In conducting its study, the Joint Commission on Technology and Science shall (i) review and implement appropriate and efficacious recommendations of state and national research investigations in the disciplines of bioscience and biotechnology, including the Governor’s Commission on Biotechnology; (ii) examine, continue, and enlarge the work begun by the Governor’s Commission on Biotechnology, including, but not limited to, determining how Virginia’s research universities, federal and state laboratories, biotechnology incubators, research parks, private industry, and other major resources can be leveraged to help make Virginia a more attractive location for the development and enhancement of the biosciences and biotechnology industry; (iii) determine how these resources may increase the development of the biotechnology industry through technology transfer and commercialization of new ideas and discoveries; (iv) assess how strategic initiatives in bioscience and biotechnology may generate economic development and investment in Virginia, particularly in rural and urban regions of the Commonwealth; (v) examine Virginia’s workforce development status, including education, supply, and training needs relative to supporting viable bioscience research and biotechnology industry in the Commonwealth; (vi) evaluate the capacity of bioscience and biotechnology to protect and preserve Virginia’s natural resources; (vii) investigate innovative directions in bioscience, including informational, technological, infrastructure, funding, and long-term research goals, and regulatory needs in areas such as biomedical research; genetic engineering; disease, growth and metabolism, and development and reproduction in livestock, fish and food animals; agricultural biotechnology; and plant diseases and insect pests; (viii) define and recommend the optimal climate that is conducive to basic bioscientific and biotechnological research in Virginia; (ix) identify the type of bioscience and biotechnology industries that the Commonwealth is positioned to attract, recruit, and support due to the state’s workforce, location, and other advantages; (x) consider the work and recommendations of the Governor’s Commission on Biotechnology, together with other bodies of research on the application of the biosciences and enhancement of the biotechnology industry; and (xi) develop and recommend a strategic and visionary plan that implements certain of the recommendations deemed feasible and appropriate, establishes Virginia as a national and global leader in bioscience and biotechnology research and application by 2018, and enables the Commonwealth to maintain its national and global leadership thereafter.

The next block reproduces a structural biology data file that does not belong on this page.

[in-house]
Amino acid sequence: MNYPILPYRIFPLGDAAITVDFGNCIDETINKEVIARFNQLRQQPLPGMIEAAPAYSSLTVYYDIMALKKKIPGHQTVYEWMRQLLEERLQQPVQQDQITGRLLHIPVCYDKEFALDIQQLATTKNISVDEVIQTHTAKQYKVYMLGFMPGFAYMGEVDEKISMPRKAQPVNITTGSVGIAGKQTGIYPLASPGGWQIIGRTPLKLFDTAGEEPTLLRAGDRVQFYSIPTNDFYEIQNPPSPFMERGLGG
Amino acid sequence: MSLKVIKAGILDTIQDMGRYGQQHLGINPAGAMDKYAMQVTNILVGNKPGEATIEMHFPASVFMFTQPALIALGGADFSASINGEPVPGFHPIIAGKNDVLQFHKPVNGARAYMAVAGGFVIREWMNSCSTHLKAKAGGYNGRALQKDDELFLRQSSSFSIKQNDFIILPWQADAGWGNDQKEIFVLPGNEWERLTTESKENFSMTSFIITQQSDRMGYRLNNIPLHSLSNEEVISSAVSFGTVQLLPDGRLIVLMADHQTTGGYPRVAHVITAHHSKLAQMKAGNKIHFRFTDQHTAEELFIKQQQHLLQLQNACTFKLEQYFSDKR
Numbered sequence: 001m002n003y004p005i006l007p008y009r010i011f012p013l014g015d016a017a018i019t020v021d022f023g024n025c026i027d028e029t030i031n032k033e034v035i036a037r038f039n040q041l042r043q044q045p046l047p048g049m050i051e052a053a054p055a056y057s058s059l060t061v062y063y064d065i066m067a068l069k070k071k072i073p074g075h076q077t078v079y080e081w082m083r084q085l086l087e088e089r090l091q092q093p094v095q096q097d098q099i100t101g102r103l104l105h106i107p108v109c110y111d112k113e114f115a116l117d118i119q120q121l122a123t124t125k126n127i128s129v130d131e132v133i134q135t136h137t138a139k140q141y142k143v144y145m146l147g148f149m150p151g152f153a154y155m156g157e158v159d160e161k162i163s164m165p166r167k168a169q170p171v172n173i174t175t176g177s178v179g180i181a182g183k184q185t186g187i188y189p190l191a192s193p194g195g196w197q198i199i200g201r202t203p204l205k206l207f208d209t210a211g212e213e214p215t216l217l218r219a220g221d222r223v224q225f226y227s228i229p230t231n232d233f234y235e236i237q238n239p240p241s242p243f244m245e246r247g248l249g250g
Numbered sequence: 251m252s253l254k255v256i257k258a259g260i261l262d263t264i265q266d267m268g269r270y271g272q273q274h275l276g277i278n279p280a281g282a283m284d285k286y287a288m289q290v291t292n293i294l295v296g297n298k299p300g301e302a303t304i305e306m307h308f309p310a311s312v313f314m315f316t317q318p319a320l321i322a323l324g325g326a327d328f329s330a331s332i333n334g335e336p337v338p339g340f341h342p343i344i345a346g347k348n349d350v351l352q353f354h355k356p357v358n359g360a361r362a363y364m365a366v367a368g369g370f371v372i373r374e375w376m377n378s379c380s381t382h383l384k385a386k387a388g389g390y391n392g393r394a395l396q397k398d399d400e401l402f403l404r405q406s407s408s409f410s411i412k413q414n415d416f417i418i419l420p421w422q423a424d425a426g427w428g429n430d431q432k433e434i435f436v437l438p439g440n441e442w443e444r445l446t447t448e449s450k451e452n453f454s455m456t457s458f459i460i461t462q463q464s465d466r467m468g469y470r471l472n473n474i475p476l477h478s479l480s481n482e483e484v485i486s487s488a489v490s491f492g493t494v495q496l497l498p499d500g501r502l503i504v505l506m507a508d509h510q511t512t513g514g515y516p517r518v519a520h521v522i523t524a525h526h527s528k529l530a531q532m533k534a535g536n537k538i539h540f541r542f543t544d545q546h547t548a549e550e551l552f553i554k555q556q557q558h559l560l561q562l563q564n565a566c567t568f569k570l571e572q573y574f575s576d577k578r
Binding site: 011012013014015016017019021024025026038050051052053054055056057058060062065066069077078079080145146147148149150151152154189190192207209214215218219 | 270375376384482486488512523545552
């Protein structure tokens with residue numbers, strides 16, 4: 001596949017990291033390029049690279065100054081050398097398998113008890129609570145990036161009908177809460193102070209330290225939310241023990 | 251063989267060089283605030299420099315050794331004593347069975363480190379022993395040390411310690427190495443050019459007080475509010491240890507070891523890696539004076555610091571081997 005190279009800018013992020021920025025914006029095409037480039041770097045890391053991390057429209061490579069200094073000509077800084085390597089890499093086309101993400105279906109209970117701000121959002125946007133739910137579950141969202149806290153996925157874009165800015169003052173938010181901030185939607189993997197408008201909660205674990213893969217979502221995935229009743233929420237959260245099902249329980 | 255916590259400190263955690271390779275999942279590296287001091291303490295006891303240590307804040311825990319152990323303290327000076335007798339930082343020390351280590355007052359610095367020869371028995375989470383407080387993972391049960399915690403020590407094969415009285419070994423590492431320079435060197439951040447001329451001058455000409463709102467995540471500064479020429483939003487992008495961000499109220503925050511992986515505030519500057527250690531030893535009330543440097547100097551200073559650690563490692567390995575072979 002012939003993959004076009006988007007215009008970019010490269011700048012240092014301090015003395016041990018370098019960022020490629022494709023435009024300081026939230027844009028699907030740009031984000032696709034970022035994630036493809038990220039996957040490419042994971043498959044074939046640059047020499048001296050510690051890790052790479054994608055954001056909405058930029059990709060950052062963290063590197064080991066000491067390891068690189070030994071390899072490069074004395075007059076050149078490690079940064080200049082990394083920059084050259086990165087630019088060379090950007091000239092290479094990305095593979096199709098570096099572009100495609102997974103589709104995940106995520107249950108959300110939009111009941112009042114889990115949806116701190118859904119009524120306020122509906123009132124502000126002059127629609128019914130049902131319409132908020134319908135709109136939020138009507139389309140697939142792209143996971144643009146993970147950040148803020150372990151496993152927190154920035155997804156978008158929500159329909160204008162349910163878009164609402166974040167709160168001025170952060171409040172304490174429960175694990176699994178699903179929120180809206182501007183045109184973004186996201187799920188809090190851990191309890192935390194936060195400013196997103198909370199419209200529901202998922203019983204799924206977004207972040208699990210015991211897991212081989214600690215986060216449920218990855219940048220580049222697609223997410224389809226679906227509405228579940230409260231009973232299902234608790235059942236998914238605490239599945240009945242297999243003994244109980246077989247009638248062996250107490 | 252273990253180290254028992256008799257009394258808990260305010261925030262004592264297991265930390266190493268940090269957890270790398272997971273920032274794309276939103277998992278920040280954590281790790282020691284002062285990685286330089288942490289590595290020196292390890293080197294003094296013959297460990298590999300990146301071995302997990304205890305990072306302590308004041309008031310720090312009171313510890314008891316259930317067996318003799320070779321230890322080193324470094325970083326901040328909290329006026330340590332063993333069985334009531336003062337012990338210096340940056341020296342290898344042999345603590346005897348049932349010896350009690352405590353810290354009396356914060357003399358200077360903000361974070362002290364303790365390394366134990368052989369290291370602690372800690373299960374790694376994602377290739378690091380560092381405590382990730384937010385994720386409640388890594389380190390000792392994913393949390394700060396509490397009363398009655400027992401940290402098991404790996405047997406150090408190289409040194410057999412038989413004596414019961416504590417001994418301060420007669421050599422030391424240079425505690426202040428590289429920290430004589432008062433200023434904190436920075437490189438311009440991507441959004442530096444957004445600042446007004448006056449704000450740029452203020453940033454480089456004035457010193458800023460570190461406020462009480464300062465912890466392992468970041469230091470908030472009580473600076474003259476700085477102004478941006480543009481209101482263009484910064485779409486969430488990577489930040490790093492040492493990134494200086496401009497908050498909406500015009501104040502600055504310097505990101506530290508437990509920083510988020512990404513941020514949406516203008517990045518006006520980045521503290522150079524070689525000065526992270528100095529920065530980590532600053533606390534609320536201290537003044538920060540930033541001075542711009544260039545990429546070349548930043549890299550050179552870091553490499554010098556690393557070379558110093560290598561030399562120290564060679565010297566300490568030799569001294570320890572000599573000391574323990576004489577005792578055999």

The Joint Commission on Technology and Science shall complete its meetings by November 30, 2008, and the chairman shall submit to the Division of Legislative Automated Systems an executive summary of its findings and recommendations no later than the first day of the 2009 Regular Session of the General Assembly. The executive summary shall state whether the joint subcommittee intends to submit to the General Assembly and the Governor a report of its findings and recommendations for publication as a House or Senate document. The executive summary and the report shall be submitted as provided in the procedures of the Division of Legislative Automated Systems for the processing of legislative documents and reports and shall be posted on the General Assembly's website.